chris on May 22nd, 2007 at 7:56 am

great gift:
i offen occuppy myself with contemplation but not clear contemplation. hence, the opportunity i’d given myself is just offen creativity, but not valuable creativity.


Wai Loong on May 22nd, 2007 at 11:06 pm


My guess to what Manoj was probably referring to is that, whenever we acquire a new knowledge (and I mean new, not something we pretend to know), we can further enhance our ability to think and integrate into our perceived understanding.

Why perceived? My understanding is from the statement “adequate knowledge”.

Knowledge is overwhelming/overloading these days but are they defective? As the Buddha said “Do not believe in what I say. You must consistently test it, experiment it and only then will you understand the truth”.

Similarly, our understanding is so limited and only through the right knowledge can we ever hope to still our mind. Here is the mapping I derived from the paragraph:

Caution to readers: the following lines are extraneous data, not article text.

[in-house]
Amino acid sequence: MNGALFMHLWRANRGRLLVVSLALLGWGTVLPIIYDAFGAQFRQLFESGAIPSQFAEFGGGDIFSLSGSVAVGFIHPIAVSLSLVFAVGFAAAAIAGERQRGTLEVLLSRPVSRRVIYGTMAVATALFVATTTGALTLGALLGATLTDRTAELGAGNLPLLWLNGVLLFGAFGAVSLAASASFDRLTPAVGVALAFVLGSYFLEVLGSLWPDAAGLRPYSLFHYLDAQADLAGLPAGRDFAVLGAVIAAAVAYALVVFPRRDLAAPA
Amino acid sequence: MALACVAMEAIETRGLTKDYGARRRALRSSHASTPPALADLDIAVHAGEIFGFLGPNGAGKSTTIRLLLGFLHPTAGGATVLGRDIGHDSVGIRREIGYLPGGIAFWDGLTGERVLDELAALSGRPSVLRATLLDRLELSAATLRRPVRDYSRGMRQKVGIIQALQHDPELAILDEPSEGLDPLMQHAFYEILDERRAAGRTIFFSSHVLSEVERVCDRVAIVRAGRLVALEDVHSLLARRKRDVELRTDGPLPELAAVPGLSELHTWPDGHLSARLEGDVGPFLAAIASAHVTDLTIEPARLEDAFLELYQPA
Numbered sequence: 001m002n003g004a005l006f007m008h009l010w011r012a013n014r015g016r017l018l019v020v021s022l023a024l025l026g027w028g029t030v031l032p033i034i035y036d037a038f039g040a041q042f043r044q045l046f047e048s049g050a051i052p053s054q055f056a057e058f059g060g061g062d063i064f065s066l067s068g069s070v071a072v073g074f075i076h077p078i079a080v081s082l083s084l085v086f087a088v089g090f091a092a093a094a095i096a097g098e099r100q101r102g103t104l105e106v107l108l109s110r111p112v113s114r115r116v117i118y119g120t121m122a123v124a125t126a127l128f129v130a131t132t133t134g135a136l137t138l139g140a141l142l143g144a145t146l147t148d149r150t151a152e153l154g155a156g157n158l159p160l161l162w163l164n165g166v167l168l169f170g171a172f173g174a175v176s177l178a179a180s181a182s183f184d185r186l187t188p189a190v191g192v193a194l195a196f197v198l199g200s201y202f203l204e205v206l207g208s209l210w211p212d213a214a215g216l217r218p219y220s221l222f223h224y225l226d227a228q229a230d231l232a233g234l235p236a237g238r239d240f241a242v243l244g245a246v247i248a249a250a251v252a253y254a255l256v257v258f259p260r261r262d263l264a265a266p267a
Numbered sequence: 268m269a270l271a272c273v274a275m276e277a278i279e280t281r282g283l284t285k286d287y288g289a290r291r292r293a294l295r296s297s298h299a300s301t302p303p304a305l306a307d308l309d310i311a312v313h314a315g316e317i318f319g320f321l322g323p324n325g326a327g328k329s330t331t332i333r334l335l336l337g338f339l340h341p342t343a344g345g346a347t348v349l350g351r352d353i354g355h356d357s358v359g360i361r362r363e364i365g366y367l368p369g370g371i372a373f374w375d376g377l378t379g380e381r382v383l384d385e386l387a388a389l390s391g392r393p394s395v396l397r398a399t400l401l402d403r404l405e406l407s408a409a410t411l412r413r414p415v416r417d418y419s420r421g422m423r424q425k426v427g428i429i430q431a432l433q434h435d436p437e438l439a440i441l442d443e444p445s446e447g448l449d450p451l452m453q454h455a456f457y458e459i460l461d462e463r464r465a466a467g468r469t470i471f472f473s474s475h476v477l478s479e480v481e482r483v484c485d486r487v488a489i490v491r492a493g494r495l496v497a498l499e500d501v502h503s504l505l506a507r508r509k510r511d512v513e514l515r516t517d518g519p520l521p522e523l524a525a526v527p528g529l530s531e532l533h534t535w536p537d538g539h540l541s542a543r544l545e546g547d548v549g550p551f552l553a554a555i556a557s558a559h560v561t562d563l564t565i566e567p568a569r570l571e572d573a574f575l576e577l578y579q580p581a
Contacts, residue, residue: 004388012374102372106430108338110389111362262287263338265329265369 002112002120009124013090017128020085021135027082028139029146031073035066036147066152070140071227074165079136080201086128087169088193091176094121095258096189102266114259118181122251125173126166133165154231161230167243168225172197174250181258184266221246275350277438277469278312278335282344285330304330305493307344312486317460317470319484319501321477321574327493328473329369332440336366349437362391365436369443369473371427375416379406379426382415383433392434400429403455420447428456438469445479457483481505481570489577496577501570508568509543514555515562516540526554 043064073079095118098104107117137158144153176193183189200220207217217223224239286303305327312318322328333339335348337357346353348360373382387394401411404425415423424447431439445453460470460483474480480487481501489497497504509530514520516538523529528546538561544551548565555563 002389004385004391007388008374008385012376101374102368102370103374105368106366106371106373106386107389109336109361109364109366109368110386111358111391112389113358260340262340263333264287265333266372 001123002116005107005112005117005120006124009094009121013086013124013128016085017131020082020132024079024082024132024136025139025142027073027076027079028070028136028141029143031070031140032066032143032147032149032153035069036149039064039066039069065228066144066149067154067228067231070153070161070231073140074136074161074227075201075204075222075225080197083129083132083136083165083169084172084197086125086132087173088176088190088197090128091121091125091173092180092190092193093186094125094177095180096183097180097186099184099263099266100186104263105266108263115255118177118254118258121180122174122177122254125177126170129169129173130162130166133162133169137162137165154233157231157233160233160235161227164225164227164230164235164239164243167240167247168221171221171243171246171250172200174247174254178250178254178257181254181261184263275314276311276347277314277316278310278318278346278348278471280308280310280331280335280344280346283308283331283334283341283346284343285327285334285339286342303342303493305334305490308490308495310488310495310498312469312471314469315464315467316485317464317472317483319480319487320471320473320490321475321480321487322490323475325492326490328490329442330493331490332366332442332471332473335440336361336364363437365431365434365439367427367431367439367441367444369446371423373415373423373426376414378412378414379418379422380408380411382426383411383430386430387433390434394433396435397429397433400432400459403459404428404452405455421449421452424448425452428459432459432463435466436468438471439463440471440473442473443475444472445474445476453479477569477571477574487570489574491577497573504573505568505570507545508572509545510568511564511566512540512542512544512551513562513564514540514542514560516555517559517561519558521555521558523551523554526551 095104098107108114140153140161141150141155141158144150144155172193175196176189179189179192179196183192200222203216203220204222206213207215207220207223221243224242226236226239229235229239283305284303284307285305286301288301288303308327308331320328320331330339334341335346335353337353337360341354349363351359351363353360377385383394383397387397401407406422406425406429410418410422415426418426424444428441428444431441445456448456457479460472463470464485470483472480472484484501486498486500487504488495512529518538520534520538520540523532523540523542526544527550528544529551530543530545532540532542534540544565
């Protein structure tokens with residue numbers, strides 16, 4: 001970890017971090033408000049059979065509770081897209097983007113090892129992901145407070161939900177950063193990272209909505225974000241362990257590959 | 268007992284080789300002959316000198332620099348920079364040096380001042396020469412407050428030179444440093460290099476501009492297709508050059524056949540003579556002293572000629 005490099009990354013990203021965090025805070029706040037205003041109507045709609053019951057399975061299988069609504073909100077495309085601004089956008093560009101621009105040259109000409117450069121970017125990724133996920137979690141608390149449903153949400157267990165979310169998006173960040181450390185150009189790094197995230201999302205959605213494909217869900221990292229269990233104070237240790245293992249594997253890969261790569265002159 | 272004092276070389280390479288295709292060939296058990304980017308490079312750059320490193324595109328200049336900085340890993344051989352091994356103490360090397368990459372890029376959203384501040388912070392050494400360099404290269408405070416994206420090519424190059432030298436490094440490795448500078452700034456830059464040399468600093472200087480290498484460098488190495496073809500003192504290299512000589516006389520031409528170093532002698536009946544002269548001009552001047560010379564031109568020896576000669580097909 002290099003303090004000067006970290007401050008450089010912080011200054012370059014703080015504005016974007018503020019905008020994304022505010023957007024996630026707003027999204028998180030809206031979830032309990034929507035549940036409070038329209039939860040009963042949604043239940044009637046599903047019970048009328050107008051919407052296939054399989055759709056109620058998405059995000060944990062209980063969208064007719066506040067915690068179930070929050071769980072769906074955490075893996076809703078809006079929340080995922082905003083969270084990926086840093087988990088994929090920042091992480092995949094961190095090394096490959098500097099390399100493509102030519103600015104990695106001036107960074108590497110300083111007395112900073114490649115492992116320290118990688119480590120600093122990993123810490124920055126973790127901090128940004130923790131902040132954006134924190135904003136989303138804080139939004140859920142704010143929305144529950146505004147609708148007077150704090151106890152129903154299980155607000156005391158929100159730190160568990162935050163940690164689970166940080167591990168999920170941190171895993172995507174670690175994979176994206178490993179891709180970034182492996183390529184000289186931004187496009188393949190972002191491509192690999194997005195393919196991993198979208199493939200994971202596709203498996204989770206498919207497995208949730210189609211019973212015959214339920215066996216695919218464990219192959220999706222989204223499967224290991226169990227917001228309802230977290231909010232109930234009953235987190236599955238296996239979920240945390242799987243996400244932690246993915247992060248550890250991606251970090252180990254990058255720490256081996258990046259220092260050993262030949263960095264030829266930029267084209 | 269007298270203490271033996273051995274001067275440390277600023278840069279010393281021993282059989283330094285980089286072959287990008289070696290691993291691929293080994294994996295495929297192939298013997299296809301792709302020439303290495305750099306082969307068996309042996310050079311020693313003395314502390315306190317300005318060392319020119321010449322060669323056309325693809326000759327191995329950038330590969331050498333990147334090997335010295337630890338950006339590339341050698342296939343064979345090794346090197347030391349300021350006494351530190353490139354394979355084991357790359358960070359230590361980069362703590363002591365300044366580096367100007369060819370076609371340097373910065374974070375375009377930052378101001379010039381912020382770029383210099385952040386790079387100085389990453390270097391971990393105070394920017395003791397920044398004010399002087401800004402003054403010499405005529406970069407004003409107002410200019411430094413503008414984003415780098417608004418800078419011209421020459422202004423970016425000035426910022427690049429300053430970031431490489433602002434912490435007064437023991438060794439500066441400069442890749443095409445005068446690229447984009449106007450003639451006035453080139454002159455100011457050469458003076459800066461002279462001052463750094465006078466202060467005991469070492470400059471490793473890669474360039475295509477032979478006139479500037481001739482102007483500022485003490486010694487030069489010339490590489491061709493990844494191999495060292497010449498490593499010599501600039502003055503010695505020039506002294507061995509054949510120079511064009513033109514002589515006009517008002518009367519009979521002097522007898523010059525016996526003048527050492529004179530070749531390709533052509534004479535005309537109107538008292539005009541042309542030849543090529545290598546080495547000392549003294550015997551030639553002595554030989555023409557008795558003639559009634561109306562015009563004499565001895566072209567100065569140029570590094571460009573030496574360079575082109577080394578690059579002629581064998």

Clear Contemplation -> Still mind -> Creativity -> Imagination

As Albert Einstein said: “Imagination is far more important that knowledge”. Sounds like a link feedback to clear contemplation!

Think about! 😉

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About Insights, Inspirations, Tranquility, Peace and Harmony

Ng Wai Loong

Wai Loong is an electronics engineer by profession. He currently resides in Singapore, a thriving hub at the heart of South-East Asia. When he is not so stress out on the computers or laboratory, he enjoys value reading, jogging at his own pace and blogging in his spare time. Other times, he likes to catch up with some close friends over a cup of latte or teh tarik. As a gift from this friend, you are invited to interact freely with him on his personal blog.

PS: May the person reading this blog transforms his/her businesses, finances, relationships and life for ALL to WIN!